Socialism is a Rocket!

In the major debate at Vancouver on ‘democratic socialist principles’, referenced in the Federal New Democratic Party Constitution, MP Pat Martin (Winnipeg Centre) denounced socialism as an “anchor” holding the party back. He demanded that the link to it be severed with “a broad ax”.

The next speaker was NDP Socialist Caucus chairperson Barry Weisleder, who answered Martin and the party right wing as follows (slightly edited):

“Socialism is not an anchor. It’s a rocket! You can take the word socialism out of the preamble, but you can’t take socialism out of the N.D.P.

In many ways, this is a peculiar debate. The Halifax convention in 2009 mandated a review of the Constitution preamble. So, how long did it take to formulate this proposed amendment? Why was the new wording circulated only on the eve of this convention?

How is “social democratic” a more modern expression than “socialist” given that the two terms co-existed in the nineteenth century?

The NDP belongs to the Socialist International. Does that mean the NDP will quit the S.I. if ‘socialism’ remains in the name?

Is this motion really about modernism, or is it really about moderation of a diluted message?

And look at the timing. We are living in the most severe global capitalist crisis since the 1930s. Working people are in debt to an unprecedented extent. There’s a food crisis, an environmental crisis, several wars of plunder and occupation in the name of profit. And now some genius wants to take socialism out of the Constitution? What would Tommy Douglas say? No, No, No, a thousand times No!

No change of wording can erase the socialist roots and the working class origins of the CCF-NDP. So then, what is the function of such a proposed change?

It is two-fold. It puts a distance between today’s party and the generations of labour and socialist movement activists who fought scabs on picket lines, got arrested, shed blood in the battles for social justice, medicare, democracy and peace. The change would also send a signal to the Canadian establishment. It would say you can trust the NDP not to rock the boat of Canadian capitalism, not to challenge the system per se. Oh, the business media would still call the NDP “socialist” no matter what. But party leaders could publicly disavow the term. Worse, it would deprive the youth of a socialist education in the realities of the class struggle.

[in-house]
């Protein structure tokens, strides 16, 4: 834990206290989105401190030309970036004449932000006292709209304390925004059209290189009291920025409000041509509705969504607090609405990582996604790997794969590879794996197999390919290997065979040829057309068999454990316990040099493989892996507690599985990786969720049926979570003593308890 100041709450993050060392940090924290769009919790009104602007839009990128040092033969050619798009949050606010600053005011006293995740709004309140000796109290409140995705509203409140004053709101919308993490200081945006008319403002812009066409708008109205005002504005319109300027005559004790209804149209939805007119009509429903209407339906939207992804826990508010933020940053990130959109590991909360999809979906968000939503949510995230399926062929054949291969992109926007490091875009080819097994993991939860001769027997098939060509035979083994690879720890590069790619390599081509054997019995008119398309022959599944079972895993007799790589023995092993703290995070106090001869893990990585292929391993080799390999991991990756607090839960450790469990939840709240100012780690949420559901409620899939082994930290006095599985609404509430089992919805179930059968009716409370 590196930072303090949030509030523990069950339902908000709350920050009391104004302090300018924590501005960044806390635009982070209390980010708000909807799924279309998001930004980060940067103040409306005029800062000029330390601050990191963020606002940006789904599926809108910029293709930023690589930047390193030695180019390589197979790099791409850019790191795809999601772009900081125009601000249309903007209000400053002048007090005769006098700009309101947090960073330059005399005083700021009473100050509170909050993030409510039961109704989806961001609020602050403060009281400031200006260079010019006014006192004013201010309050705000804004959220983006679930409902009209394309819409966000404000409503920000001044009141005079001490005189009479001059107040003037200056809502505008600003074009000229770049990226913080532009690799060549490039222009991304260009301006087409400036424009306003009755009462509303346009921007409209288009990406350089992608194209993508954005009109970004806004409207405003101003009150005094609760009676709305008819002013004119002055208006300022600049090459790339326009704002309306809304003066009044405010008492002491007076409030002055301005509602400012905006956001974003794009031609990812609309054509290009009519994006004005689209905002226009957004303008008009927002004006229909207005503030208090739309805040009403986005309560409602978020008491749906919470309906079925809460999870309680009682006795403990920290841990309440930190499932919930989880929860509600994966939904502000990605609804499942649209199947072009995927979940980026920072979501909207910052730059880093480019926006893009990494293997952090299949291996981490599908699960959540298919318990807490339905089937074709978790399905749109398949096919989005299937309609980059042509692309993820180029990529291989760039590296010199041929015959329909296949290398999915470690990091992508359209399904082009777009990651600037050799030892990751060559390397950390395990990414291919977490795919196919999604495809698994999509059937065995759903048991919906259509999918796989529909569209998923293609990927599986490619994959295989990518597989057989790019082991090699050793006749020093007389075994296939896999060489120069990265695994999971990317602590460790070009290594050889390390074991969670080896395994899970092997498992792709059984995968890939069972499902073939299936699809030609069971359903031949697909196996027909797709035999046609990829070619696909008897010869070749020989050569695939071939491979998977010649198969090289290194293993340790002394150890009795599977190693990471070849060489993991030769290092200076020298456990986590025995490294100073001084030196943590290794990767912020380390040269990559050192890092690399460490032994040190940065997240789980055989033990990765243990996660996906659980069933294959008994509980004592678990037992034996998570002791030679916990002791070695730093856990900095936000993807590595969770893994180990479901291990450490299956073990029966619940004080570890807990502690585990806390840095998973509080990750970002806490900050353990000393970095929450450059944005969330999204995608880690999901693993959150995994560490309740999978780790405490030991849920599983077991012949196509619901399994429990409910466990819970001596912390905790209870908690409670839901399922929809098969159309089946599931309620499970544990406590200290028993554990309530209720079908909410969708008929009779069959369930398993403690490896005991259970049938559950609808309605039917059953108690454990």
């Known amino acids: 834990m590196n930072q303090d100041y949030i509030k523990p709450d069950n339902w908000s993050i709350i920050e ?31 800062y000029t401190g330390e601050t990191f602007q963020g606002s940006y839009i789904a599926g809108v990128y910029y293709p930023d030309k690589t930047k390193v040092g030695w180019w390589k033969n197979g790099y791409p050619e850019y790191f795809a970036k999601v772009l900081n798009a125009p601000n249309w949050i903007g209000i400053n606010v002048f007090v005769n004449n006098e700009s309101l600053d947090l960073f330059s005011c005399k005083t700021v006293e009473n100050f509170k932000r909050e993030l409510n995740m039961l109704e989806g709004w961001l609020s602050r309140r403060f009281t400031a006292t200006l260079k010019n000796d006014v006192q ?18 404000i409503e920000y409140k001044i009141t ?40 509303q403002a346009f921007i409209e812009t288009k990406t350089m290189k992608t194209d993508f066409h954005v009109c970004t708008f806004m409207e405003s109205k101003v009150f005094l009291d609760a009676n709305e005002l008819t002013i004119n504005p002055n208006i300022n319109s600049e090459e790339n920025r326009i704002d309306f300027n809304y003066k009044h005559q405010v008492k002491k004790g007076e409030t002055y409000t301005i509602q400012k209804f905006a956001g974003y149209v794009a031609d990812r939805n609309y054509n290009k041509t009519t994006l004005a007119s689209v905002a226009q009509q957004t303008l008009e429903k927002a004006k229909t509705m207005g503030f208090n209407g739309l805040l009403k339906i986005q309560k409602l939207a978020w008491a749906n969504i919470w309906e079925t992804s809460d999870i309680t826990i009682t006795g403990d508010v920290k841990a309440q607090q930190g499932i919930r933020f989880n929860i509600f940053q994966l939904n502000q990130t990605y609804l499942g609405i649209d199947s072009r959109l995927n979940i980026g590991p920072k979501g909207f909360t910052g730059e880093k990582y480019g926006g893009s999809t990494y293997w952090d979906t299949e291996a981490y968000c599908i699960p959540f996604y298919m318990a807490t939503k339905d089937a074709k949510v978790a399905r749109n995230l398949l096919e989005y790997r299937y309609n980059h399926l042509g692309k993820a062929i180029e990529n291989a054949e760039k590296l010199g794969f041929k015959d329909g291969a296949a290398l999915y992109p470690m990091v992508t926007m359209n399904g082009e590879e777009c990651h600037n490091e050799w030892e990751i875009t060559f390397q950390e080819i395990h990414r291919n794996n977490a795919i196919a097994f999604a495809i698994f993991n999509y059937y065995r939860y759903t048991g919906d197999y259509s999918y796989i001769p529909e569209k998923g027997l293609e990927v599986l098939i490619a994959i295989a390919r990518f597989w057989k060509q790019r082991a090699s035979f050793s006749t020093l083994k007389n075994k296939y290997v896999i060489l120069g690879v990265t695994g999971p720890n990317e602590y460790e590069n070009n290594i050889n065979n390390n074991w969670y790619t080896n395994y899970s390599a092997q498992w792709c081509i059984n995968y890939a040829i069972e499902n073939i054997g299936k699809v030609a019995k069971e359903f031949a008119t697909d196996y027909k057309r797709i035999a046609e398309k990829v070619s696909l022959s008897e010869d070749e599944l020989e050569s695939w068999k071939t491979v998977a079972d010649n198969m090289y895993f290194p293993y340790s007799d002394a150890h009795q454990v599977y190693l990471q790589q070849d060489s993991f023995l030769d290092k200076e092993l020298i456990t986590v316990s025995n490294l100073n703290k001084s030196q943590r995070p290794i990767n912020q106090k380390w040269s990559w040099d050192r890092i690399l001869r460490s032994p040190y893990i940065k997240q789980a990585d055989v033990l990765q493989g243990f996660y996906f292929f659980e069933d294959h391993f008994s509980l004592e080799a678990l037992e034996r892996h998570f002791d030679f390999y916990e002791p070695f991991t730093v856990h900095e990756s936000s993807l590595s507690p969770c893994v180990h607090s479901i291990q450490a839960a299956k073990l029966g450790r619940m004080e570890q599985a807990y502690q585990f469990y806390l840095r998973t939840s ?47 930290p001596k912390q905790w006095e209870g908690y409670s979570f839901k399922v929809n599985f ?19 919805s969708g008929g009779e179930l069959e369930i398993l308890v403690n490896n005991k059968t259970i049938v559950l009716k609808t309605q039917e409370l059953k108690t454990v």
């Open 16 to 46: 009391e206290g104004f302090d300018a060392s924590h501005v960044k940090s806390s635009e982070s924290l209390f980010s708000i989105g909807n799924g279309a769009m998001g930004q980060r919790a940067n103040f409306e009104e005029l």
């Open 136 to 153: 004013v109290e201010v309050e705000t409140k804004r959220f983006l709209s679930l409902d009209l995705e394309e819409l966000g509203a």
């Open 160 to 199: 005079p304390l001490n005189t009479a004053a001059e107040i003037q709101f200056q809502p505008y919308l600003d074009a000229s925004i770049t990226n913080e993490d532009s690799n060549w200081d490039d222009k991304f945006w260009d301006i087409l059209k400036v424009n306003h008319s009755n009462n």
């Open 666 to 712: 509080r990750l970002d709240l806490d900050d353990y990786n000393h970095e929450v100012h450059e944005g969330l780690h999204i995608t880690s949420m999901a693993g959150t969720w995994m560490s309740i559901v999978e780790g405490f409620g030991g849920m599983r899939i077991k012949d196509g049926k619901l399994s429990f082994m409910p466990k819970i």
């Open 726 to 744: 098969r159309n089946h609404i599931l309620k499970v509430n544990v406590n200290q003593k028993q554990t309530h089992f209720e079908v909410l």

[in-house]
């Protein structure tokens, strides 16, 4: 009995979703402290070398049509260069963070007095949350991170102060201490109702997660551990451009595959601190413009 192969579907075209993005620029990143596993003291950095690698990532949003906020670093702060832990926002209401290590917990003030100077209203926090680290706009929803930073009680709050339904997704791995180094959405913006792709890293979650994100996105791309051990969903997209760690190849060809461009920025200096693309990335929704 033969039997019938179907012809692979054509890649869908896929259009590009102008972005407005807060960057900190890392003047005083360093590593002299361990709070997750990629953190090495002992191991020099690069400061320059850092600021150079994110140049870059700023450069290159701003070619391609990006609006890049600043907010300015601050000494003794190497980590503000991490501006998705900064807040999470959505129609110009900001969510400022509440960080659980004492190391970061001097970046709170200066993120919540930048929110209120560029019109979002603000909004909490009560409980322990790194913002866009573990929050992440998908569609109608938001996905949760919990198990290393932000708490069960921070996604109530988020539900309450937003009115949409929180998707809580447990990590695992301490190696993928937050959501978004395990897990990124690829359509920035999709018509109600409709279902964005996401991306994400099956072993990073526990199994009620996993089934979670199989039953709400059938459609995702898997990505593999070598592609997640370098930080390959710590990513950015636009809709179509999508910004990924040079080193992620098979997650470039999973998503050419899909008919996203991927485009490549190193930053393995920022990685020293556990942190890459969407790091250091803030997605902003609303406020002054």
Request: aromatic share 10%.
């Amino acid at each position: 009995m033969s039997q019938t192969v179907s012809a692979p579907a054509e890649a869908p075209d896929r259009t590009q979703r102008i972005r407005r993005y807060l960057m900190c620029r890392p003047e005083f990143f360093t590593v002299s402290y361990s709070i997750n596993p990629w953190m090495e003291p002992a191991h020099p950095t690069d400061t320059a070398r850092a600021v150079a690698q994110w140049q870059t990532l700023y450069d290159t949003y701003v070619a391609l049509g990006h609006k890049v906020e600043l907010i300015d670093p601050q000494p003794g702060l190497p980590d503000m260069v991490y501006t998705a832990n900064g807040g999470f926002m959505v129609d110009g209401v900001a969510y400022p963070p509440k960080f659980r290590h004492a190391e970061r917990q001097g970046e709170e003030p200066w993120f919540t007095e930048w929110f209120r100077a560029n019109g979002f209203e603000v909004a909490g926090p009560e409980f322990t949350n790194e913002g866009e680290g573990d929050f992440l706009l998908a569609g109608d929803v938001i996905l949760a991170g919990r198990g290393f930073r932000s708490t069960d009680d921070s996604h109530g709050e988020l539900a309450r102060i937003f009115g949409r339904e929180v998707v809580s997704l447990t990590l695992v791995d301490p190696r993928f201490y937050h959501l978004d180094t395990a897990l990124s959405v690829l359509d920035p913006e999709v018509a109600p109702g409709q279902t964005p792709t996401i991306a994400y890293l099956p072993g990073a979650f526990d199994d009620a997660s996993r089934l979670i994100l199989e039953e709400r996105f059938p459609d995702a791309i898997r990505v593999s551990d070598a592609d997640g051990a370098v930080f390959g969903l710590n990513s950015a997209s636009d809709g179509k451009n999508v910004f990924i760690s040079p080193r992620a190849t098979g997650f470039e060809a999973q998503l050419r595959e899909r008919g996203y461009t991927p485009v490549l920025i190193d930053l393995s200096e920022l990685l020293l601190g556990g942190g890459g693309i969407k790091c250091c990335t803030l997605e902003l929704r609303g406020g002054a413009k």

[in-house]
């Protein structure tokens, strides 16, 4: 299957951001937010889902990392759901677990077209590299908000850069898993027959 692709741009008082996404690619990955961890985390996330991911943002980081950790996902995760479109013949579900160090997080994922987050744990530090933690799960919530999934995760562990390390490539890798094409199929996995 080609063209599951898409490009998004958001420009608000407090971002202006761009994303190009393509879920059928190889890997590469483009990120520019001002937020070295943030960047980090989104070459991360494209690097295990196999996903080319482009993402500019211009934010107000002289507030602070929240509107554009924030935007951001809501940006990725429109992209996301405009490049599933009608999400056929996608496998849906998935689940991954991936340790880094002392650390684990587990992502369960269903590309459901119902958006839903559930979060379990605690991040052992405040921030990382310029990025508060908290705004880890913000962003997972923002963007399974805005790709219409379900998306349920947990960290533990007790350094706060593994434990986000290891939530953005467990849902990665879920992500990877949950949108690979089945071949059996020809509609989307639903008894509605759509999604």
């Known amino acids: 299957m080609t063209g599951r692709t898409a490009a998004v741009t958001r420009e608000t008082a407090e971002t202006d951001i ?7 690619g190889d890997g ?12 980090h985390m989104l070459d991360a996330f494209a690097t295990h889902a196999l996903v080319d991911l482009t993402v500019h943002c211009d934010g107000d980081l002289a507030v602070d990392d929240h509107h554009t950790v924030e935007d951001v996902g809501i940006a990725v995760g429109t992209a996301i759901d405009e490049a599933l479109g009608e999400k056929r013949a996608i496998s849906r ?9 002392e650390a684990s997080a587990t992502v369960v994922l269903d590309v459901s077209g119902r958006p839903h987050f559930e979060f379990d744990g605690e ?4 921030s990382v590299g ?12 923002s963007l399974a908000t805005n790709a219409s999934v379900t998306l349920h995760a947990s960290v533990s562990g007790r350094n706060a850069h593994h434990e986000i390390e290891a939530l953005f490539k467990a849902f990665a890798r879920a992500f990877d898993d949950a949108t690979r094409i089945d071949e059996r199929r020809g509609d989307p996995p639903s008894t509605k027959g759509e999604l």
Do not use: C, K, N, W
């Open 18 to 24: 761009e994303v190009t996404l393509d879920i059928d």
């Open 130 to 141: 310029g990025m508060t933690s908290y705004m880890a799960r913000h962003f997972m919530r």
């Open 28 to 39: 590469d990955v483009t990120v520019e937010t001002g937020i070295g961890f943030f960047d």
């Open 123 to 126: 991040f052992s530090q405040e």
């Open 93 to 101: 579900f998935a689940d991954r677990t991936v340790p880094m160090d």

Sisters and brothers, now is not the time to dilute our principles. Now is not the time to send the wrong signal to young rebels and to millions of disaffected voters.

Let’s keep socialism in the Constitution, and let’s put it into practice, not only in Parliament, but on the picket lines, in the work place, and on the streets.

It is capitalism that has out-lived its usefulness.

The future belongs to democratic socialism.

Let’s keep the red flag flying.

Delegates, let’s defeat this motion massively!”

(In a face-saving move, the amendment was referred back to the federal executive for further review, and for a cross-country membership discussion. This was a victory for the left — and a discussion we heartily welcome.)

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